U.S. President Joe Biden's push for green energy tax credits will help boost a massive ramp up in private investment that will create jobs and lower energy costs for American families, Treasury Secretary Janet Yellen said Tuesday.
Yellen called the administration's plan "the most aggressive action that we've ever taken to address the climate crisis."
She traveled to North Carolina to tour a solar plant and tout policies included in the recently approved Inflation Reduction Act, which together with the Infrastructure Law includes more than $430 billion in energy investments.
The legislation provides tax credits to households to make their homes more energy efficient or switch to cleaner sources, which will help lower costs, Yellen said.
But the administration's approach also "rests on harnessing the engagement of the private sector," the official said in her speech, delivered in front of an array of solar panels.
"Beyond the consumer tax credits, we expect a significant mobilization of private investment into the clean energy sector," she said. "These investments will accelerate the transition to our green energy future and lower energy costs for American households and businesses."
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In addition, "They will secure our energy supply against global price shocks. And they will provide good-paying, high-quality jobs across America."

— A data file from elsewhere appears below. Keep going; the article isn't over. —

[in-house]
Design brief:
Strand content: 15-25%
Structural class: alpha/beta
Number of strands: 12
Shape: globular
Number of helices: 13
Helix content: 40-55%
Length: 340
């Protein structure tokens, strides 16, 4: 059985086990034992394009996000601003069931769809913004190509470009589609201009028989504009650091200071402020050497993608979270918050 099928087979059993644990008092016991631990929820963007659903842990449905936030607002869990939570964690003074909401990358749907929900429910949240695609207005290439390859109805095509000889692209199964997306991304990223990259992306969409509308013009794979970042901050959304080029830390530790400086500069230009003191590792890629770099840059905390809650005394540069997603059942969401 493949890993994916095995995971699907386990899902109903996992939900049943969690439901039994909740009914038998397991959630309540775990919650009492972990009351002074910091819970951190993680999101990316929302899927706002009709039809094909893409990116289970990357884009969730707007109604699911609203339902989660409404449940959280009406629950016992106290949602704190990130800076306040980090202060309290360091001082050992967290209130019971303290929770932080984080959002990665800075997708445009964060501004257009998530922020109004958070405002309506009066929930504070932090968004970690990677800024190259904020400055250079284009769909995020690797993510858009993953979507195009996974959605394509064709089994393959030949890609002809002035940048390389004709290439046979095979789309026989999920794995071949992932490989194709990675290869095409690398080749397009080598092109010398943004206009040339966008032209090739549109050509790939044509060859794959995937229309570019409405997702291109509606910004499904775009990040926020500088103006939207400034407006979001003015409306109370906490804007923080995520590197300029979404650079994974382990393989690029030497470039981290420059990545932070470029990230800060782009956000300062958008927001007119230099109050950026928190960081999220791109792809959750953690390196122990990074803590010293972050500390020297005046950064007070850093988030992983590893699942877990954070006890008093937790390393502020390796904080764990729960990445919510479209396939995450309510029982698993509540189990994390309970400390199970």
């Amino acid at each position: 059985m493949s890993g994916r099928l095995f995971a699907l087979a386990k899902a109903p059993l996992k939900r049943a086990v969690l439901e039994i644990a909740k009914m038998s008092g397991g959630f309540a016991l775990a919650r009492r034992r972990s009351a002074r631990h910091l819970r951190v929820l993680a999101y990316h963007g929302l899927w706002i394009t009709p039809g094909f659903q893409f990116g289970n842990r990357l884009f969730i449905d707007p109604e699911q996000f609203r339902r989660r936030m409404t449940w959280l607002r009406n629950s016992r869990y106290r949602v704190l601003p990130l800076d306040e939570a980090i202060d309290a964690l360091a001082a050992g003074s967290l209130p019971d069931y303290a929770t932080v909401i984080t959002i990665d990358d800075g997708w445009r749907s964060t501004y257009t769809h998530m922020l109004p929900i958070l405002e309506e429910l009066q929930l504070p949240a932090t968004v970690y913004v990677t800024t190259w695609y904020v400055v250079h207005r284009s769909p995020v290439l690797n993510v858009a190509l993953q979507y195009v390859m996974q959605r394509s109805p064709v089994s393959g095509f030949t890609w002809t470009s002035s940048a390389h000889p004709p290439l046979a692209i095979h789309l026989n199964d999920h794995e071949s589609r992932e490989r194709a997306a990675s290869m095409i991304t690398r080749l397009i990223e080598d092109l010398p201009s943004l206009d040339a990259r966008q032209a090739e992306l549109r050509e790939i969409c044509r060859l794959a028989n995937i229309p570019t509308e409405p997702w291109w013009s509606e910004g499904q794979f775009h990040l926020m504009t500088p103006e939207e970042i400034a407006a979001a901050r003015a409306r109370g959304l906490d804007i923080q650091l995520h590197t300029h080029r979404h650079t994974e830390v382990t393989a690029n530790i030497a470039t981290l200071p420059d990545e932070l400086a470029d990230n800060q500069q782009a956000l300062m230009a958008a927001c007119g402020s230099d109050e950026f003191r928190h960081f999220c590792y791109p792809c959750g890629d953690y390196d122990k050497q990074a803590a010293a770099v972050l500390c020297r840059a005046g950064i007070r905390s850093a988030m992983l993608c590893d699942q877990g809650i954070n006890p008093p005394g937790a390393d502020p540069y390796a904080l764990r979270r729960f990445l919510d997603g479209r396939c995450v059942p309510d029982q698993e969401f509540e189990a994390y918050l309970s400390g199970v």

Yellen said the transition is critical to address climate change which has seen more costly storms arise across the globe.
"Climate change poses a grave risk to the productive capacity of our economy while also impacting its stability," she said.
But the transition to a clean energy economy also brings lower costs and "significant economic opportunities in high-growth industries, while building economic resilience and creating good-paying jobs across the country."
She said these new programs also will serve the "important goal" of boosting domestic capacity to produce solar panels, batteries for electric vehicles and even the minerals needed to make the batteries.
"I think the legislation will be effective. And we're already hearing announcements about new activities starting up in the United States," Yellen told reporters.
Global supply chain snarls have hit manufacturers which rely on imported components and have struggled to meet demand for goods and cars in the United States. Ford said recently it will have to store more than 40,000 partially built vehicles which are awaiting parts.
"We're seeing a lot of supply chain issues that continue that's limiting the production of electric vehicles and other cars," Yellen said, adding that "I think that will resolve over time, and EVs will become quite affordable especially with the support from the Inflation Reduction Act."
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